I froze. Is she going to kill her? Or worse. Should me and Wes step in? Could we even do anything, with our limited array of weapons?
“Please.” Bexley’s voice was little more than a whisper. “Please.”
Tunnel Vision flicked her forehead, and Bexley flinched. The spark fizzled out. “Order the shredding, then report to your assigned safehouse. You’ll be precision-wiped of everything in your security clearance by end of week.”
Bexley managed a tiny nod, inching her head down, then up.
Tunnel Vision opened the door next to her, revealing a small room. I reached my Pith forward, adding my illusion to the dozens of minds inside.
Then I stopped.
A bed sat in the corner, covered in glass mind-spheres, each the size of a melon, flickering with branching webs of lightning within. There were at least two dozen. Each one of those has a person’s Pith inside it.
The man touched his palm to one of them, closing his eyes. He’s talking with it. He took his palm off, and shrugged. “Fine, have it your way.” He pulled a tiny rock hammer from his belt, and swung it at the sphere.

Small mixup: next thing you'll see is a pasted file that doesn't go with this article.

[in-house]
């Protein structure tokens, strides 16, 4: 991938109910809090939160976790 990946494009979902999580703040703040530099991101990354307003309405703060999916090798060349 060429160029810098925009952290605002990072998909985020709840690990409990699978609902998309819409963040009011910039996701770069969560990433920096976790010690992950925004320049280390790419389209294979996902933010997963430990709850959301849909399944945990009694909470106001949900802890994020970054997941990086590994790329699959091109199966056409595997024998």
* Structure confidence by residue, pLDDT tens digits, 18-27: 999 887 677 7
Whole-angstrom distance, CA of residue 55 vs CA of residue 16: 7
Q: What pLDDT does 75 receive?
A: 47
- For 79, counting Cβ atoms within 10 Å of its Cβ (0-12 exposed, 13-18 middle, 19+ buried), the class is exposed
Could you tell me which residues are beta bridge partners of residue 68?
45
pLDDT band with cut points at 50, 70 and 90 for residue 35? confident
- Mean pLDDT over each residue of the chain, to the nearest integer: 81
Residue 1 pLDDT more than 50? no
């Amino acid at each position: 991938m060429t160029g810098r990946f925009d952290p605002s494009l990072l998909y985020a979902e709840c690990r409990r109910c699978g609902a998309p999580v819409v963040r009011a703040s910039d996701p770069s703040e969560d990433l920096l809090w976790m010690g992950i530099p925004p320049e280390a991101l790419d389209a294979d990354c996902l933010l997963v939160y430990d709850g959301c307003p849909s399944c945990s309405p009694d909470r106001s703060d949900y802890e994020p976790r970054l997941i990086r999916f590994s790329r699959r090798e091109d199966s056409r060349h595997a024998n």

There was a hard ringing noise as it struck the globe. Cracks spiderwebbed out through the point of impact, but the hardened glass didn’t shatter. The lightning inside tripled its speed, bouncing off the walls and crackling in response.
The connections of a mind-sphere were as vital as the neural connections of a brain. How much must that hurt? I felt sick to my stomach.
The man pressed his hand to the glass again, calm. “There, that’s better.” He smiled and set it down on the bed, picking up another one. Glancing at Tunnel Vision out of the corner of his eye, he nodded at her.
Tunnel Vision nodded back and shut the door. “Some people who know they’re about to get mind-wiped write things down in secret, so they can read them and pick up the memories again.”
“I – I won’t do that,” said Bexley.
“Good,” said Tunnel Vision. “We have plenty of mind-spheres.”
Bexley nodded. The message was more than clear enough.